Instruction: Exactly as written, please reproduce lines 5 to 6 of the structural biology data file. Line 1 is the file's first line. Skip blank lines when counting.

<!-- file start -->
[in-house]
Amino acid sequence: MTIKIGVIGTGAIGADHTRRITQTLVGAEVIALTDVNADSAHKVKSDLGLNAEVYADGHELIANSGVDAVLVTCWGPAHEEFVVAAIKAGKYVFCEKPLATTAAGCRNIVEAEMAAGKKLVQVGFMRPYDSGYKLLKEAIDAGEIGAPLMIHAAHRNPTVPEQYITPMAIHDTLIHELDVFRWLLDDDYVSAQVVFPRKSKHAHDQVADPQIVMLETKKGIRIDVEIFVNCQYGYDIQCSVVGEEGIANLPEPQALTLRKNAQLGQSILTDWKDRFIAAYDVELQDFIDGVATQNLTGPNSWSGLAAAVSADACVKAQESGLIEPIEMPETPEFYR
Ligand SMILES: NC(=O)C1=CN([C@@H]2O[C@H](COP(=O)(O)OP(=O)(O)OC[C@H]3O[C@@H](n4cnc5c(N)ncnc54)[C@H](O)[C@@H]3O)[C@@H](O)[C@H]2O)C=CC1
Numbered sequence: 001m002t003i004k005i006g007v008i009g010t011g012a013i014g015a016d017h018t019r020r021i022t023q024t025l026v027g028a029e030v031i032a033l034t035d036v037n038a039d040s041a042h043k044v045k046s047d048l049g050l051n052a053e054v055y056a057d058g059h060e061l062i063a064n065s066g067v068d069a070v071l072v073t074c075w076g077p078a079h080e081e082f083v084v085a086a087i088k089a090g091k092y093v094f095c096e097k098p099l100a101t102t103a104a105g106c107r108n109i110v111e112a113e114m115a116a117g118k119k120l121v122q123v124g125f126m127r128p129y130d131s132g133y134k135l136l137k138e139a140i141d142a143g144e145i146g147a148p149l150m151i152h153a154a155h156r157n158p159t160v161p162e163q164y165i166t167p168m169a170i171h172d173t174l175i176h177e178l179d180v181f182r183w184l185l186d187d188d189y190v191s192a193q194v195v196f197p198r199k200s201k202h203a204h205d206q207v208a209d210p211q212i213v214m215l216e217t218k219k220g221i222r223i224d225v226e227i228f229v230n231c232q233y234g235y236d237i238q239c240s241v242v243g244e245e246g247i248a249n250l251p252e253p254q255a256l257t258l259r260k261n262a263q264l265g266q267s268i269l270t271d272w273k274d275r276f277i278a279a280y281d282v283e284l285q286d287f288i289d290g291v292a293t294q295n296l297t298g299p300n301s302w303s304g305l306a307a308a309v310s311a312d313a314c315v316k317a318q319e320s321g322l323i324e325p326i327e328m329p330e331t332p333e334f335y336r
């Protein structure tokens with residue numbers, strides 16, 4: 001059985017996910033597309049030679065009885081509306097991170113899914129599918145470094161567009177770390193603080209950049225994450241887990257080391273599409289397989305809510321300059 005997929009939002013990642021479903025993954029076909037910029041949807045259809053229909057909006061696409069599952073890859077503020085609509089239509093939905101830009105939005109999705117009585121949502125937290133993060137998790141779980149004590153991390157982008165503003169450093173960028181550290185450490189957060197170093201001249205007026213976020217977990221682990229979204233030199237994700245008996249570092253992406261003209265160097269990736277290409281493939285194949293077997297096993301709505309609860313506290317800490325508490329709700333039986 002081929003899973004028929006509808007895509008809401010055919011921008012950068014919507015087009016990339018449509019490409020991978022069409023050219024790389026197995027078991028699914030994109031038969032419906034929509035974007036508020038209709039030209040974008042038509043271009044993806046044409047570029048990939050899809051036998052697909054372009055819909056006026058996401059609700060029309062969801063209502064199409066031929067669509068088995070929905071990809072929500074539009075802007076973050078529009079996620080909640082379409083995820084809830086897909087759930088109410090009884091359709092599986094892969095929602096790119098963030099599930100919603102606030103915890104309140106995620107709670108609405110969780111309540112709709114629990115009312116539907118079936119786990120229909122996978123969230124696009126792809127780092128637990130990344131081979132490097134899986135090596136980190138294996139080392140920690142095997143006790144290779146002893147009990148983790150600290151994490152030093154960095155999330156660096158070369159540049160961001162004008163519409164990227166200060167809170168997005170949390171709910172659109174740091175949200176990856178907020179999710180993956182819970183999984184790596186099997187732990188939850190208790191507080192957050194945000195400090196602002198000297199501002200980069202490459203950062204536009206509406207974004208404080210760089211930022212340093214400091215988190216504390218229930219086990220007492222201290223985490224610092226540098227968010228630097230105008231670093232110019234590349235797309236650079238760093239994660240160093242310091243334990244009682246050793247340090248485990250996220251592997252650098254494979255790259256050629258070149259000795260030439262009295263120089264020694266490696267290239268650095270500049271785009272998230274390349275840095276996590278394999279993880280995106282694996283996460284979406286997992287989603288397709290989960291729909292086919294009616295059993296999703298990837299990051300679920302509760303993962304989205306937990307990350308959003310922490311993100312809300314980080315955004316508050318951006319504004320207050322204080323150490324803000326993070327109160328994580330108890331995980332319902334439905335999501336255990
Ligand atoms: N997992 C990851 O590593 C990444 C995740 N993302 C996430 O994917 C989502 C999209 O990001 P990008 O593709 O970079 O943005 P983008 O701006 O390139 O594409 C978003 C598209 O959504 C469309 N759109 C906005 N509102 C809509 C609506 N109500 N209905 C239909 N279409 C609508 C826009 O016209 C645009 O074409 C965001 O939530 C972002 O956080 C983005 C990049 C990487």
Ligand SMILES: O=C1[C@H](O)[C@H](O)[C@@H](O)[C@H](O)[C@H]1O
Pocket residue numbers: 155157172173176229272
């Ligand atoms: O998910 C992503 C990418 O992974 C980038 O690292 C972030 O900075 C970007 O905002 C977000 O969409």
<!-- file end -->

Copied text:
């Protein structure tokens with residue numbers, strides 16, 4: 001059985017996910033597309049030679065009885081509306097991170113899914129599918145470094161567009177770390193603080209950049225994450241887990257080391273599409289397989305809510321300059 005997929009939002013990642021479903025993954029076909037910029041949807045259809053229909057909006061696409069599952073890859077503020085609509089239509093939905101830009105939005109999705117009585121949502125937290133993060137998790141779980149004590153991390157982008165503003169450093173960028181550290185450490189957060197170093201001249205007026213976020217977990221682990229979204233030199237994700245008996249570092253992406261003209265160097269990736277290409281493939285194949293077997297096993301709505309609860313506290317800490325508490329709700333039986 002081929003899973004028929006509808007895509008809401010055919011921008012950068014919507015087009016990339018449509019490409020991978022069409023050219024790389026197995027078991028699914030994109031038969032419906034929509035974007036508020038209709039030209040974008042038509043271009044993806046044409047570029048990939050899809051036998052697909054372009055819909056006026058996401059609700060029309062969801063209502064199409066031929067669509068088995070929905071990809072929500074539009075802007076973050078529009079996620080909640082379409083995820084809830086897909087759930088109410090009884091359709092599986094892969095929602096790119098963030099599930100919603102606030103915890104309140106995620107709670108609405110969780111309540112709709114629990115009312116539907118079936119786990120229909122996978123969230124696009126792809127780092128637990130990344131081979132490097134899986135090596136980190138294996139080392140920690142095997143006790144290779146002893147009990148983790150600290151994490152030093154960095155999330156660096158070369159540049160961001162004008163519409164990227166200060167809170168997005170949390171709910172659109174740091175949200176990856178907020179999710180993956182819970183999984184790596186099997187732990188939850190208790191507080192957050194945000195400090196602002198000297199501002200980069202490459203950062204536009206509406207974004208404080210760089211930022212340093214400091215988190216504390218229930219086990220007492222201290223985490224610092226540098227968010228630097230105008231670093232110019234590349235797309236650079238760093239994660240160093242310091243334990244009682246050793247340090248485990250996220251592997252650098254494979255790259256050629258070149259000795260030439262009295263120089264020694266490696267290239268650095270500049271785009272998230274390349275840095276996590278394999279993880280995106282694996283996460284979406286997992287989603288397709290989960291729909292086919294009616295059993296999703298990837299990051300679920302509760303993962304989205306937990307990350308959003310922490311993100312809300314980080315955004316508050318951006319504004320207050322204080323150490324803000326993070327109160328994580330108890331995980332319902334439905335999501336255990
Ligand atoms: N997992 C990851 O590593 C990444 C995740 N993302 C996430 O994917 C989502 C999209 O990001 P990008 O593709 O970079 O943005 P983008 O701006 O390139 O594409 C978003 C598209 O959504 C469309 N759109 C906005 N509102 C809509 C609506 N109500 N209905 C239909 N279409 C609508 C826009 O016209 C645009 O074409 C965001 O939530 C972002 O956080 C983005 C990049 C990487």